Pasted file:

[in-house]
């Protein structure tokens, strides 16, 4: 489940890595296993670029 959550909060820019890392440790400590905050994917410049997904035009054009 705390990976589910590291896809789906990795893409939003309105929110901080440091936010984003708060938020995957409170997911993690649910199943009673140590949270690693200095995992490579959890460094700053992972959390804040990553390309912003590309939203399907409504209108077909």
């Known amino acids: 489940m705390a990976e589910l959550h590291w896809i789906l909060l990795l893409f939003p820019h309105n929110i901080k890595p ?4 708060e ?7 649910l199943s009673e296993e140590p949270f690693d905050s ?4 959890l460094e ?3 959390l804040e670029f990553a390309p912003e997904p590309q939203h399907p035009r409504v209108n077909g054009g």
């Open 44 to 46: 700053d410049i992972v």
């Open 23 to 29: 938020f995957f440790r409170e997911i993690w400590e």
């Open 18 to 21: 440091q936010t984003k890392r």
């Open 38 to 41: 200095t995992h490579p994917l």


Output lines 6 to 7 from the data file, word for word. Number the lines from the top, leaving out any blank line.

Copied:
């Open 18 to 21: 440091q936010t984003k890392r």
């Open 38 to 41: 200095t995992h490579p994917l």